Discrimination is a reality many same-sex couples face, and that discrimination is not confined to political races. Buying a home can be an unnerving process for same-sex partners. In a report by the National Association of Gay and Lesbian Real Estate Professionals (NAGLREP), 44% of couples admitted that they worried about what the neighbors might think. The good news is that the tides are turning and that gay realtors are here to help you feel comfortable during the home-buying process.
Know these key facts if you’re in the market for a new home.
Dwindling Discrimination In The Home-Buying Process
First and foremost, you are not alone–and the outlook is improving a lot. Nearly three-quarters — or 73% — of married same-sex couples are buying houses, more than ever before.
Not only is it commonplace for LGBT couples to buy real estate, but it is also a legally protected right. In 2015, the Supreme Court case Obergefell v. Hodges raised questions about recognizing same-sex marriages in different states. “Same-sex couples can marry in three dozen states, but federal appeals courts have been divided over whether states must allow same-sex couples to marry and recognize such marriages performed elsewhere,” The New York Times (NYT) writes. The court ruled that it is unconstitutional for individual states not to recognize same-sex marriages. Similarly, the 2015 ruling legalizing same-sex marriage in all states provided further rights and freedoms. These rulings help protect couples, no matter where they choose to live.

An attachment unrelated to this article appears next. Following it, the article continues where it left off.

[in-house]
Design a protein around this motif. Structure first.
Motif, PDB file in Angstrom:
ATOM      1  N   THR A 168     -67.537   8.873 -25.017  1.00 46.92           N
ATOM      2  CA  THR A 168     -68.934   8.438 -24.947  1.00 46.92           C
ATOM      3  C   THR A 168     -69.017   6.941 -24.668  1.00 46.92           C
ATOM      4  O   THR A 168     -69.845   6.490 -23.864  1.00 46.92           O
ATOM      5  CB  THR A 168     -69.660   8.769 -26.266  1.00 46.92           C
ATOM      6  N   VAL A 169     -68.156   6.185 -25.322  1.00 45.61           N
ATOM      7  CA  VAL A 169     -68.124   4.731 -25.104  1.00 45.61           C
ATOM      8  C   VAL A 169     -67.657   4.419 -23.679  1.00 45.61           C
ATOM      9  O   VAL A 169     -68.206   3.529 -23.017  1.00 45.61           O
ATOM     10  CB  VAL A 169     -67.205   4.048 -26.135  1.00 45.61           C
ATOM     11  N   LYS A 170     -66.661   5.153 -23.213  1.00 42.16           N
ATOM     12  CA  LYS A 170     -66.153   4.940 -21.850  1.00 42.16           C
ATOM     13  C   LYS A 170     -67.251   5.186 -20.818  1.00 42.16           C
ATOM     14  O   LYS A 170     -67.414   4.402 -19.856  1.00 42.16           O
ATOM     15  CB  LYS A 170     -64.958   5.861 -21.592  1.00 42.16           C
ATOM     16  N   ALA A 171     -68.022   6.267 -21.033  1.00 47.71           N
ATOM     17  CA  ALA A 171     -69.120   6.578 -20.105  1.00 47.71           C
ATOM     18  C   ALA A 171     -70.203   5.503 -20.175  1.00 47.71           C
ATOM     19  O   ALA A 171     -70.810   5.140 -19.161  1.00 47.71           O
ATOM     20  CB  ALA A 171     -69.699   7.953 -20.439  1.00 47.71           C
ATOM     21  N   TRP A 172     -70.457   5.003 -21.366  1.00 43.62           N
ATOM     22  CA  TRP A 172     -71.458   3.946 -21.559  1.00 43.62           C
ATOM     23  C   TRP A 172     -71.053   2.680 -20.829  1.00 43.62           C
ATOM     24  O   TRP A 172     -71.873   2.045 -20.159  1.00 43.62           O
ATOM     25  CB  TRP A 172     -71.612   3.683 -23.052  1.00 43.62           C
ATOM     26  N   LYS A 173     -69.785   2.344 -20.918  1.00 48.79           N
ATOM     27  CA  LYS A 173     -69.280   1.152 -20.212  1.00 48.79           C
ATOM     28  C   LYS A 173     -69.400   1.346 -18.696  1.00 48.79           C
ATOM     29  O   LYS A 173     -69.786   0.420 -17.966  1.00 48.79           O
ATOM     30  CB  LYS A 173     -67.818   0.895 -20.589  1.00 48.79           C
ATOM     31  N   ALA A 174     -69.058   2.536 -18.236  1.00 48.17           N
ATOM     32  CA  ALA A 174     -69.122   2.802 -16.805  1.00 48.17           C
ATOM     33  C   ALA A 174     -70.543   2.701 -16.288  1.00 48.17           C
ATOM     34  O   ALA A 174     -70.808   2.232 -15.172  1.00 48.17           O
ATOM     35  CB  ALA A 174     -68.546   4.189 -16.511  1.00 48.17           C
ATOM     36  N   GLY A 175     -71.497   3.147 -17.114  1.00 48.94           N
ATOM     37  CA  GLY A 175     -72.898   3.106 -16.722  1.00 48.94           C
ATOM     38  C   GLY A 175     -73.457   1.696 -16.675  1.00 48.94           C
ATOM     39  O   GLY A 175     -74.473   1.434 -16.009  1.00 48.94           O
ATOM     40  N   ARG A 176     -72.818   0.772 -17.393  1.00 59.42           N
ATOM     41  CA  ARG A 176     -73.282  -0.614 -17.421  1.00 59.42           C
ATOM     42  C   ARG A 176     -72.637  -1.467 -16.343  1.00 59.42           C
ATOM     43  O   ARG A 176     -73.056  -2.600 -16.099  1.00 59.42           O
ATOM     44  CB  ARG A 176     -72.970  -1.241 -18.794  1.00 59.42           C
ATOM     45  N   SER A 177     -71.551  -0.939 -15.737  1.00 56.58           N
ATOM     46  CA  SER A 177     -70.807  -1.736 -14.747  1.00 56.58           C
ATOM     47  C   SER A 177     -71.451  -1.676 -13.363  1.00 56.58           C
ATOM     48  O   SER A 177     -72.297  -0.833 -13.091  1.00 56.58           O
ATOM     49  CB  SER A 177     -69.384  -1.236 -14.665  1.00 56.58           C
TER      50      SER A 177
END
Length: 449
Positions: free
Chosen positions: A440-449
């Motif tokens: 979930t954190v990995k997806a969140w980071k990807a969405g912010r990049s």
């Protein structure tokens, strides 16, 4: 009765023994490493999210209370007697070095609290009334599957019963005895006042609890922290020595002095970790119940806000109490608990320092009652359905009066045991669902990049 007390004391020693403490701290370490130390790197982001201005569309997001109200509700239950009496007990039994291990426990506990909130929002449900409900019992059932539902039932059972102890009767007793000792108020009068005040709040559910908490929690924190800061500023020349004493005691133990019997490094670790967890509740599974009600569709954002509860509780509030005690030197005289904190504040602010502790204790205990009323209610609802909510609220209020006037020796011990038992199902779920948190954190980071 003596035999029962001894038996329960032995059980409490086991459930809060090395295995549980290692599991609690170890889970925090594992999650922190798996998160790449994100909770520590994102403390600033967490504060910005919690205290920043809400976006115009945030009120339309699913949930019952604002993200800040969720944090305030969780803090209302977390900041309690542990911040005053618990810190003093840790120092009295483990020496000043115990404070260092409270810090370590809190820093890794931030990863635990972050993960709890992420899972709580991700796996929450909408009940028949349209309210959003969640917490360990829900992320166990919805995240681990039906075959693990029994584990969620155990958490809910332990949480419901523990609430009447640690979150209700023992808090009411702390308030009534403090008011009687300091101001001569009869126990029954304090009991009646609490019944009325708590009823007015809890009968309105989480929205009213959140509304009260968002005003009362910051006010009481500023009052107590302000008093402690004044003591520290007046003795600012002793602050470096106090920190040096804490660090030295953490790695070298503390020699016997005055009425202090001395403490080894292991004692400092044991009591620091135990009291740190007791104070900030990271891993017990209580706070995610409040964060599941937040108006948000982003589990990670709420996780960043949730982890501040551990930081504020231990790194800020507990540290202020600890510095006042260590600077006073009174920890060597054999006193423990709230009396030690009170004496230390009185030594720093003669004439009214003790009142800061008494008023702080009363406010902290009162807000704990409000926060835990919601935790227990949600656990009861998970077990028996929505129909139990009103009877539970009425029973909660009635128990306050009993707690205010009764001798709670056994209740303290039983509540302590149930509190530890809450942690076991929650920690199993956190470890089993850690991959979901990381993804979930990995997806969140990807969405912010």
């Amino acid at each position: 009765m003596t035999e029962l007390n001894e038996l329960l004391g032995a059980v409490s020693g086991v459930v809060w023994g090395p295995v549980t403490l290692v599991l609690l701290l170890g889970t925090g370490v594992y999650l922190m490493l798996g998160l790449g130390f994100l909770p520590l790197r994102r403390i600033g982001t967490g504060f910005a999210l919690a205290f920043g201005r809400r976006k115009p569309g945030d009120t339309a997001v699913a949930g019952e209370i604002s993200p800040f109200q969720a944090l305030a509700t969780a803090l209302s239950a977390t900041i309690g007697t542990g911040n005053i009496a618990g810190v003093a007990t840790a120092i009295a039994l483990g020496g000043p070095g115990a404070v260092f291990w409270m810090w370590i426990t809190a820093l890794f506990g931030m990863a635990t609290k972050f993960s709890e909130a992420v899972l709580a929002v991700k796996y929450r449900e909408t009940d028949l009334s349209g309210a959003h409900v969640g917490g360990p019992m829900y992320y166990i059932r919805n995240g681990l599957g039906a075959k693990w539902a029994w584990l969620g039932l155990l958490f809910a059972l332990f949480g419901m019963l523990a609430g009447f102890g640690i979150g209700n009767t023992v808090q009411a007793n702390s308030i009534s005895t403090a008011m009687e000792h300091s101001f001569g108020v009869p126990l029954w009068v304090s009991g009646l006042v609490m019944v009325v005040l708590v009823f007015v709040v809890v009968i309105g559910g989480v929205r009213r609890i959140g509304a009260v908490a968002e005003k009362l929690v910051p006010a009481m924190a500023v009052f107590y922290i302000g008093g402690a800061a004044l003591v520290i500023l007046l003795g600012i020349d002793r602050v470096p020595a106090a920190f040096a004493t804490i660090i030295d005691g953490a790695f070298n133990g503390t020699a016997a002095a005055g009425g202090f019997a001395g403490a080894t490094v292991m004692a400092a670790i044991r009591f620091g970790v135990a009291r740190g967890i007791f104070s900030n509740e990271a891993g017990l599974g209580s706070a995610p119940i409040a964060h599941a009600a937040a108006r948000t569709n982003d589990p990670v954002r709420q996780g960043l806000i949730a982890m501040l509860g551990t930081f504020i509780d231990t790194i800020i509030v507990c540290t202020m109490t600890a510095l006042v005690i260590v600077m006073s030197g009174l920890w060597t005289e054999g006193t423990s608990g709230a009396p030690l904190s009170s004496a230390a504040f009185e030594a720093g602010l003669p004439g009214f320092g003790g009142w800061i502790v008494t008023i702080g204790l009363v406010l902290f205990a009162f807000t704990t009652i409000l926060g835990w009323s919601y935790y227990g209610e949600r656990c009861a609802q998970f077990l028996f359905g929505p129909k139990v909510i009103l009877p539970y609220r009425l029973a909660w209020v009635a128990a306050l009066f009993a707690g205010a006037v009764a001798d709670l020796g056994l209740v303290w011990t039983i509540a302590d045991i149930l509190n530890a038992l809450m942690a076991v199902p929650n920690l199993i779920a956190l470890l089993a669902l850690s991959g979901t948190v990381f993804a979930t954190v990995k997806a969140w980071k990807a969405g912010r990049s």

Find The Right Support
The right support and right community can make all the difference. Take some time to find gay realtors and gay-friendly friendly neighborhoods in your preferred move-in location. Use top search engines, online directories, or LGBT publications to find gay realtors where you would like to move. Once you find gay realtors or realtors who advocate for same-sex couples, they can help you pin down the most welcoming areas for your new house.
Remember there are LGBT-friendly locales and neighborhoods even in traditionally conservative states. For example, 21.31 million people live in Florida and there are several cities and towns that are LGBT-friendly. Just ask your realtor!
Take Another Look At Taxes
Finally, be careful when it comes to taxes. If you add your name to a title, you may be subject to estate taxes. Heterosexual couples are currently exempt from these taxes if they are married. Hopefully, laws will follow protecting same-sex partners, too. For now, decide whether it would be best to leave the title in just one person’s name or if the value of the property outweighs this potential cost.
LGBT couples make up eight to 12% of the housing market–and that comes along with some significant cash! Know that times are changing, and more realtors are openly advocating for same-sex couples and happily working with them.